The Front Range Waste Diversion (FRWD, or “forward”) program provides grants and technical assistance to Front Range communities to increase recycling, composting, and waste reduction. The FRWD enterprise consists of the FRWD board of directors and program administrative staff at CDPHE.
The current three-year strategic plan identifies goals in three focus areas:
- Data collection and analysis.
- Municipal solid waste, including organics and recycling.
- Non-municipal solid waste, focusing on construction and demolition debris.
The Front Range Waste Diversion (FRWD, or “forward”) program and enterprise fund was approved by the Colorado state legislature in 2019 and collects funds from an increase in user fees at Front Range landfill to provide grants and technical assistance to Front Range communities to increase recycling, composting, and waste reduction.
The request for applications (RFA) for the Construction & Demolition Waste Diversion and Reduction on the Front Range grant opportunity opens in January 2021. Please continue to monitor this webpage for updates, or subscribe to FRWD funding opportunity email updates.
Request for Applications now available
RFA #32892: Advancing Construction & Demolition Waste Diversion and Reduction on the Front Range
This funding cycle focuses on sustainable construction and demolition (C&D) waste diversion and reduction. End markets, infrastructure, and local policy or ordinance development are all encouraged under this cycle.
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Applications are due no later than 3:00 p.m. on Monday, March 15, 2021.
In response to its first RFA, the Front Range Waste Diversion enterprise has approved over $2 million for nine projects geared toward reducing the amount of waste sent to landfills in Colorado’s Front Range counties. These projects are expected to help keep 18,000 tons from Front Range landfills.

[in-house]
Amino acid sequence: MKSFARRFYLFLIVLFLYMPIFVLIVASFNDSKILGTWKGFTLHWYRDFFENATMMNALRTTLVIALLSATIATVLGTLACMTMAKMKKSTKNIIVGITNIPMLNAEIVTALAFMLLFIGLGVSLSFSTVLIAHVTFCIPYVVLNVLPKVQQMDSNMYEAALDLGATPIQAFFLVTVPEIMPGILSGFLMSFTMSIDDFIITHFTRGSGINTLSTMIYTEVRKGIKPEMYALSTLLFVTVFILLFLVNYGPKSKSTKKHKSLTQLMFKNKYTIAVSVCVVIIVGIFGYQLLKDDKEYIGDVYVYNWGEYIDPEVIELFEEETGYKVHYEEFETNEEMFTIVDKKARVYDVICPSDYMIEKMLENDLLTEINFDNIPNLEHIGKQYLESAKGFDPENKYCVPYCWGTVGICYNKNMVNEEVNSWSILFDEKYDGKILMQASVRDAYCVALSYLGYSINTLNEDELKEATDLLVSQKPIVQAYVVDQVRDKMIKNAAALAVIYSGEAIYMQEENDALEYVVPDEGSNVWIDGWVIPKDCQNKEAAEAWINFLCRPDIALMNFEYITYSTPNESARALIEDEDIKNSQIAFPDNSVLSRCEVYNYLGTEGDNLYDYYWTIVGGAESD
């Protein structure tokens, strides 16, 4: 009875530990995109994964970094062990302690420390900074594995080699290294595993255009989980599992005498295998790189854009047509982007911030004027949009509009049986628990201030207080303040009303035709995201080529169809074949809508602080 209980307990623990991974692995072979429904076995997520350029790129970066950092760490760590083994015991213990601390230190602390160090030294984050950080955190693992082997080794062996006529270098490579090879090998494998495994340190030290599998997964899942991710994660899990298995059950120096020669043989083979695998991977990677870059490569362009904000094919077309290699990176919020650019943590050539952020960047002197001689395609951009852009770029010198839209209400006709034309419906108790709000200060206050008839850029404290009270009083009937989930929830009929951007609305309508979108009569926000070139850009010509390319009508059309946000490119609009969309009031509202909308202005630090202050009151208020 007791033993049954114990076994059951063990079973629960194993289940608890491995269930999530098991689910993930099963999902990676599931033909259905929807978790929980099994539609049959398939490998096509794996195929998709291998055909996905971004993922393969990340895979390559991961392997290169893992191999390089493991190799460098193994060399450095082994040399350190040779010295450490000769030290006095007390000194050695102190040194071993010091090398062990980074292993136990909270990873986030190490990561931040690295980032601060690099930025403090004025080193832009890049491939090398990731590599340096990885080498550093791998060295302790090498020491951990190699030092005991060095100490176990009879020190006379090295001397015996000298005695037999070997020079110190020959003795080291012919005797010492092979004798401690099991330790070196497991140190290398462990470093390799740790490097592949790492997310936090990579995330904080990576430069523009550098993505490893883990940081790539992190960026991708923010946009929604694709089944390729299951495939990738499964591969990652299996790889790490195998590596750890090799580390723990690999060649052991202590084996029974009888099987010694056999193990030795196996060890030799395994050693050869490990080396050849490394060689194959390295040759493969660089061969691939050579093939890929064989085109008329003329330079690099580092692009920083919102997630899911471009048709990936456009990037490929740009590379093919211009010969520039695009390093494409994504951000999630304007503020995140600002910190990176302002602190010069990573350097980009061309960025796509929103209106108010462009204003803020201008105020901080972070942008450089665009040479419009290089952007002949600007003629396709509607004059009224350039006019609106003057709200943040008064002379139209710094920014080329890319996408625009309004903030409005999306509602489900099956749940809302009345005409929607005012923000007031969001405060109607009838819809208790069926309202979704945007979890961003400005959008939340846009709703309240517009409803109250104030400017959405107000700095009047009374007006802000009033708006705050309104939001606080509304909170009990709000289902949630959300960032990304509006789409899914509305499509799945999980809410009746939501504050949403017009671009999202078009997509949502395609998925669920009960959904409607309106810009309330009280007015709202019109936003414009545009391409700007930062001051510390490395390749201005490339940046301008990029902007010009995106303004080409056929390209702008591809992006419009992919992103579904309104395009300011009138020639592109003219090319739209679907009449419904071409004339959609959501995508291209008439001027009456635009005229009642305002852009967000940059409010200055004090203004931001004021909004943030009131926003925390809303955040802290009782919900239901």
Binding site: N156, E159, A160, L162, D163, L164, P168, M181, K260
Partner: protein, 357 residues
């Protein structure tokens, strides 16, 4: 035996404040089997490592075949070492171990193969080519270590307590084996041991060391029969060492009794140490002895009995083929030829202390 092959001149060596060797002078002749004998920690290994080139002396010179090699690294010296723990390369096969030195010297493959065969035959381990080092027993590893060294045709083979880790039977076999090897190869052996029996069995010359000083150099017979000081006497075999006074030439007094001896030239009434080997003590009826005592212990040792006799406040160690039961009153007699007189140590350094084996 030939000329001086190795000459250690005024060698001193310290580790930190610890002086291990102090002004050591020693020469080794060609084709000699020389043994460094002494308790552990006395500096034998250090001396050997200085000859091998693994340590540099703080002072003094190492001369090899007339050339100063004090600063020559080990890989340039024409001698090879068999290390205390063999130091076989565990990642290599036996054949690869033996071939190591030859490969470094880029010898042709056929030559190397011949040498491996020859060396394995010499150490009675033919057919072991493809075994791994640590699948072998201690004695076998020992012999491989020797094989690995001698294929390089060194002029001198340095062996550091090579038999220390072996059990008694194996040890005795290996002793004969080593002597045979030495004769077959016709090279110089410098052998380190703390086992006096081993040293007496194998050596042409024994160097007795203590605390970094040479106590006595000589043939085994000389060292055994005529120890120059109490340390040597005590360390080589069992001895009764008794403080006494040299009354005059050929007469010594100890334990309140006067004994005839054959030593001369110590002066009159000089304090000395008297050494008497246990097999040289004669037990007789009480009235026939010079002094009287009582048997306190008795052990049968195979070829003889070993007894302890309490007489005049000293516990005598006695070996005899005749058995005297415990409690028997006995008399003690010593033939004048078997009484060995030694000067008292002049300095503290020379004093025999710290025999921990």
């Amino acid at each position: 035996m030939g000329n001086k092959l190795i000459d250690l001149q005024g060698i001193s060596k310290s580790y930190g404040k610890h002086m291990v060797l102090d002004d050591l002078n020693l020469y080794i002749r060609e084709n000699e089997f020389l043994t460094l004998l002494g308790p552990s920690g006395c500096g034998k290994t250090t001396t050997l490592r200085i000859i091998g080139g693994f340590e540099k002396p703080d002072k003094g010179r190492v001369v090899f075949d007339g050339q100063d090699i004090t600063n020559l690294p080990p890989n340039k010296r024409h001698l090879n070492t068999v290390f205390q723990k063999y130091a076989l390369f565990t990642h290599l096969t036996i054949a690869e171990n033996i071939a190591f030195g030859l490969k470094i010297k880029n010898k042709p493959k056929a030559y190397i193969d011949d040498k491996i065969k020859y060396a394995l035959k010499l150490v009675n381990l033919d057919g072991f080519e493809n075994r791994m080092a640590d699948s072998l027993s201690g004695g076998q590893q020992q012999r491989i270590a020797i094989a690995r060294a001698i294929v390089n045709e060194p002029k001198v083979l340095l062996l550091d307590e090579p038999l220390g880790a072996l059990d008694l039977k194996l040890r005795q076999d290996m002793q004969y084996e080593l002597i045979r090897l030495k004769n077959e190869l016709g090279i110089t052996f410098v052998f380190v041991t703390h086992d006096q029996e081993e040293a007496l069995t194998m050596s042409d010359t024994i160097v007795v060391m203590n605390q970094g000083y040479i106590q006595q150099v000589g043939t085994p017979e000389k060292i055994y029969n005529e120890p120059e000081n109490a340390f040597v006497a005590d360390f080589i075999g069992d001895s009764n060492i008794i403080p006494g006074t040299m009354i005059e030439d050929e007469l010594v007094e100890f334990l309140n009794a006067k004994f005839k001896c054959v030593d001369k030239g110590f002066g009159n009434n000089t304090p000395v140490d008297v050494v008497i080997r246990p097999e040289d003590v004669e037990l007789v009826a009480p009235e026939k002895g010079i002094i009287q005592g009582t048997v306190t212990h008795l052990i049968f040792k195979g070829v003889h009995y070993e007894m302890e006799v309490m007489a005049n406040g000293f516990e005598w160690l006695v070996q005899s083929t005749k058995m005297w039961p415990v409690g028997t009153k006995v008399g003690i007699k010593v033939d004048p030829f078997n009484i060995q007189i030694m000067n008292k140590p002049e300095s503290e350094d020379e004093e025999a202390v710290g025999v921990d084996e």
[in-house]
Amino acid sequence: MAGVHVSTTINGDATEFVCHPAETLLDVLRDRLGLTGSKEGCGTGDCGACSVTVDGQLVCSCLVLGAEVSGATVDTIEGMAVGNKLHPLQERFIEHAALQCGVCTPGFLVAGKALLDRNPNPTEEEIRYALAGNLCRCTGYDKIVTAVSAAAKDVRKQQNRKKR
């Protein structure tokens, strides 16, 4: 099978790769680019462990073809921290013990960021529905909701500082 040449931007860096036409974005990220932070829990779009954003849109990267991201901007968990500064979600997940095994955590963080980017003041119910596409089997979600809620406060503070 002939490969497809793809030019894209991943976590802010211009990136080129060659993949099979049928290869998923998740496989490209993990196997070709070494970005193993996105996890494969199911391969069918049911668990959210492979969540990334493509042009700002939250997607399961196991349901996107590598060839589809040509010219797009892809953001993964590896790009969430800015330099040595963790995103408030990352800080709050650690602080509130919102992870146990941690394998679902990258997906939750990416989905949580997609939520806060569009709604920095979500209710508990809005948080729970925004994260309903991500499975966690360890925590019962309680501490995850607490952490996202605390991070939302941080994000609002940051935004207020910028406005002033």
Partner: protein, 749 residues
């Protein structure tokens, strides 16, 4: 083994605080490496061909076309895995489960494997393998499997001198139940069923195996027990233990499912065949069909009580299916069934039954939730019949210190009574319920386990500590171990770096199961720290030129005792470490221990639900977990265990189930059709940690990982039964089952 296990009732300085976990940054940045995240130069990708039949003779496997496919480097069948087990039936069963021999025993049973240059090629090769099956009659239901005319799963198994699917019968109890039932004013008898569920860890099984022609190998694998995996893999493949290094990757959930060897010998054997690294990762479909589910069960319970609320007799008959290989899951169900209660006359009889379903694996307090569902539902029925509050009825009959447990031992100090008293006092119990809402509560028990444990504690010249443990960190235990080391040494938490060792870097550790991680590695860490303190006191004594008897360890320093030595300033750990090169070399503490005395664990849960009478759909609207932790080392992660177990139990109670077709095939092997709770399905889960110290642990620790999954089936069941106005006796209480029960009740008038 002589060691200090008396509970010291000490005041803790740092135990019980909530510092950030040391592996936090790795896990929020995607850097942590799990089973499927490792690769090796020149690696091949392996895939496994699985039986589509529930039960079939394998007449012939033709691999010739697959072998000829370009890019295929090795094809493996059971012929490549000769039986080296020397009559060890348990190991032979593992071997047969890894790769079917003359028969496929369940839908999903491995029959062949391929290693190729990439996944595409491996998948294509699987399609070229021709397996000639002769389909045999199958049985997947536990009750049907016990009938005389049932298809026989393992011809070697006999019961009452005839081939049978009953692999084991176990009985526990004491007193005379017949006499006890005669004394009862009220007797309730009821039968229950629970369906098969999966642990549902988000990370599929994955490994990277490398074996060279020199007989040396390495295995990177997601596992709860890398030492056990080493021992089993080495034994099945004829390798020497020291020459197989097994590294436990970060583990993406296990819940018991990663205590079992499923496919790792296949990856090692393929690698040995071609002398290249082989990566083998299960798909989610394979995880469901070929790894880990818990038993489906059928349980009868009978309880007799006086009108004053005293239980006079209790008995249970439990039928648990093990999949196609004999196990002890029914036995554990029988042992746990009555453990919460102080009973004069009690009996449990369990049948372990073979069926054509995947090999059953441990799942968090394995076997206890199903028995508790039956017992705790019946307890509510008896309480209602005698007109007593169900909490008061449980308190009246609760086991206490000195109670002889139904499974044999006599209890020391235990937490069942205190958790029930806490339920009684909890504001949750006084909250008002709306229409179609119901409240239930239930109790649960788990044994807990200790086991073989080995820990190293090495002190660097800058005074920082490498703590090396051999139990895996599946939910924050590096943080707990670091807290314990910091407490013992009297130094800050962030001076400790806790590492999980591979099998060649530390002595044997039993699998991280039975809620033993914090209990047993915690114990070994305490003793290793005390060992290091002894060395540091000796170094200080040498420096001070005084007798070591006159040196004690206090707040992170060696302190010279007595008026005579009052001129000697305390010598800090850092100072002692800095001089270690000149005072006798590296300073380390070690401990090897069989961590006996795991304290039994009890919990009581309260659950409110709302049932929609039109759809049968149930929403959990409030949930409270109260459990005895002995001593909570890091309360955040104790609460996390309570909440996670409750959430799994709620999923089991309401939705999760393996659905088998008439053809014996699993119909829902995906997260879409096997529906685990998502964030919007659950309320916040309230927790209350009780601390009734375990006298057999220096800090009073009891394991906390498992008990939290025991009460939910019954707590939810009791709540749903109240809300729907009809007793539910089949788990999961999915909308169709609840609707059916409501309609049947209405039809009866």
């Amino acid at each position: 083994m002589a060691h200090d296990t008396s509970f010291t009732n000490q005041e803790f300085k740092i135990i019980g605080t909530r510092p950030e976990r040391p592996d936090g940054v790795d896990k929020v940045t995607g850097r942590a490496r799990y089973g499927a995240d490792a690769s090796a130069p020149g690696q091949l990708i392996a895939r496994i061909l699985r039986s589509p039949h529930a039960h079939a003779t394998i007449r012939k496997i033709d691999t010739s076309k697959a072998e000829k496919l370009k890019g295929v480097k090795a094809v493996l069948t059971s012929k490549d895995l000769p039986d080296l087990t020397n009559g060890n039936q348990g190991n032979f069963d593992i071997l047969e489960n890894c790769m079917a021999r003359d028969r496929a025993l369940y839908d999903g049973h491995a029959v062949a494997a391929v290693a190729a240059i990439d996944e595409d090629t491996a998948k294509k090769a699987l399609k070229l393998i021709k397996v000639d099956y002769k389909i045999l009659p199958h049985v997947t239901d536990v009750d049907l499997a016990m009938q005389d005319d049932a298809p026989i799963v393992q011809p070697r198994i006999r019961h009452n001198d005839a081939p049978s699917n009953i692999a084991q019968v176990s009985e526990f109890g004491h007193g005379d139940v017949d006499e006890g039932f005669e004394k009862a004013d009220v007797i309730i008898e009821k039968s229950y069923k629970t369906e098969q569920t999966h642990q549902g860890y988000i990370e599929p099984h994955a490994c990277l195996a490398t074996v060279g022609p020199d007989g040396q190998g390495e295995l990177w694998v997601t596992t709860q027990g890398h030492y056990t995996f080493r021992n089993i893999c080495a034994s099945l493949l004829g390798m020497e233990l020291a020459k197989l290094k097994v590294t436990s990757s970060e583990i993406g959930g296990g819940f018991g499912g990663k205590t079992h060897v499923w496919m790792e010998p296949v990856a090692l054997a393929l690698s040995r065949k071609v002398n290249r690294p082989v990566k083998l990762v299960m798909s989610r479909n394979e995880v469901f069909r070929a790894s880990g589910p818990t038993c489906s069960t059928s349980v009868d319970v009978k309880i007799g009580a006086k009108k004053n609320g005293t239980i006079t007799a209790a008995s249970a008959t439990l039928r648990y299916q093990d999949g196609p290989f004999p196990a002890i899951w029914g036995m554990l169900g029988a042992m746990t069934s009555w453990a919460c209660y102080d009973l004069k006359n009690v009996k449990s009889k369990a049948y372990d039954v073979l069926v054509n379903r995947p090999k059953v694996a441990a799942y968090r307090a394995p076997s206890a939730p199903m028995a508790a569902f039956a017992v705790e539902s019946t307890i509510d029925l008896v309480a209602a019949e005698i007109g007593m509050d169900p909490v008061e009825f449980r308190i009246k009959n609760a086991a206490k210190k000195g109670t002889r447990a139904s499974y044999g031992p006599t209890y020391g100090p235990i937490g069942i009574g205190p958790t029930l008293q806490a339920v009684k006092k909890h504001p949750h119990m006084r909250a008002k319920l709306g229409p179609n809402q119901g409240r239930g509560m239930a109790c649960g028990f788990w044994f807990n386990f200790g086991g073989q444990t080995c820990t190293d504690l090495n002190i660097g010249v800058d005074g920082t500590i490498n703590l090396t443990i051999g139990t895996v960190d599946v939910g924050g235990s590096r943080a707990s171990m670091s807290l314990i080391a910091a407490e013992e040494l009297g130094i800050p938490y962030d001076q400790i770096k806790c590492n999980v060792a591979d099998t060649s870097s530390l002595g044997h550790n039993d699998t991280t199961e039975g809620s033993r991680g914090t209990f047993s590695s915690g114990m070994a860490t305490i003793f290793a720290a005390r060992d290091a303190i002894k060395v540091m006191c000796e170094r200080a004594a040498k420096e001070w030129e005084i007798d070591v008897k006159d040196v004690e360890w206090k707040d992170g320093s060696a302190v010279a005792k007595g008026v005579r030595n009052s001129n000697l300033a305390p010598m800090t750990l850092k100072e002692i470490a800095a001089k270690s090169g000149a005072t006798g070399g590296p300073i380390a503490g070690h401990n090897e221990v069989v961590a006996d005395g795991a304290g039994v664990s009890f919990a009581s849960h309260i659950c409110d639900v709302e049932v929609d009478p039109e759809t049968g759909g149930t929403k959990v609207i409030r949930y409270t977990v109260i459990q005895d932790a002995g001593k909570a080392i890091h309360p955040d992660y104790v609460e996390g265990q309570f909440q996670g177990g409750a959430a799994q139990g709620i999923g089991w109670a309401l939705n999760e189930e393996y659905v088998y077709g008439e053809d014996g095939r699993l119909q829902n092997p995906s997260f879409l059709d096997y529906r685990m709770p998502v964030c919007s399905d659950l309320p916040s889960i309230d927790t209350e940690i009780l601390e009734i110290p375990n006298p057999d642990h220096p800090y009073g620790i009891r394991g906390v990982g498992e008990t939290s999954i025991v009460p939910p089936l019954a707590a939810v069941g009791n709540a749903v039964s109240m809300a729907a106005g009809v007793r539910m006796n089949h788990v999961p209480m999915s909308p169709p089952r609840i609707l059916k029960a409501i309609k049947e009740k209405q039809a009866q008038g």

The funded organizations, amount allocated, and projects include:
- City of Arvada: $500,000 to purchase recycling bins for Arvada’s new curbside recycling program.
- City and County of Broomfield: $90,000 to develop a zero waste action plan for Broomfield.
- Colorado State University: $80,810 to expand their existing compost site and program.
- Habitat for Humanity Metro Denver: $164,651 to upgrade and cover their ReStore storage yard to keep donated material out of the elements.
- Scraps: $76,908.42 to expand yard waste collections in Edgewater, Arvada, and Wheat Ridge.
- Town of Erie: $247,078 to relocate Erie’s recycling center and add cardboard and organic waste, and to complete a zero waste policy assessment which responds to the town’s Sustainability Master Plan.
- Waste Management of Colorado: $500,000 to upgrade sorting equipment in order to save 1,400 tons from going to the landfill every year, reduce contamination, and increase efficiency on the sorting line.
- We Don't Waste: $199,689 to double the amount of food they rescue and provide to low-income populations in the Front Range.
- Wompost: $158,185 to provide food and yard waste recycling bins in Aurora.
Additional opportunities for local governments, institutions, nonprofits, and the private sector to apply for grant funding are slated for 2021. Later in the year, another round of funding will be available to advance zero waste in Front Range communities.
FRWD contracted with Resource Recycling Systems (RRS) to produce a waste diversion data survey for the Front Range. RSS researched methodologies for tracking and benchmarking progress in waste diversion and identified best practices, including an evaluation of strengths and weaknesses of local and comparable out-of-state programs. The final report, accepted by the FRWD board of directors in December 2020, includes recommendations for Colorado and the Front Range region. Read the RRS Waste Diversion Data Survey.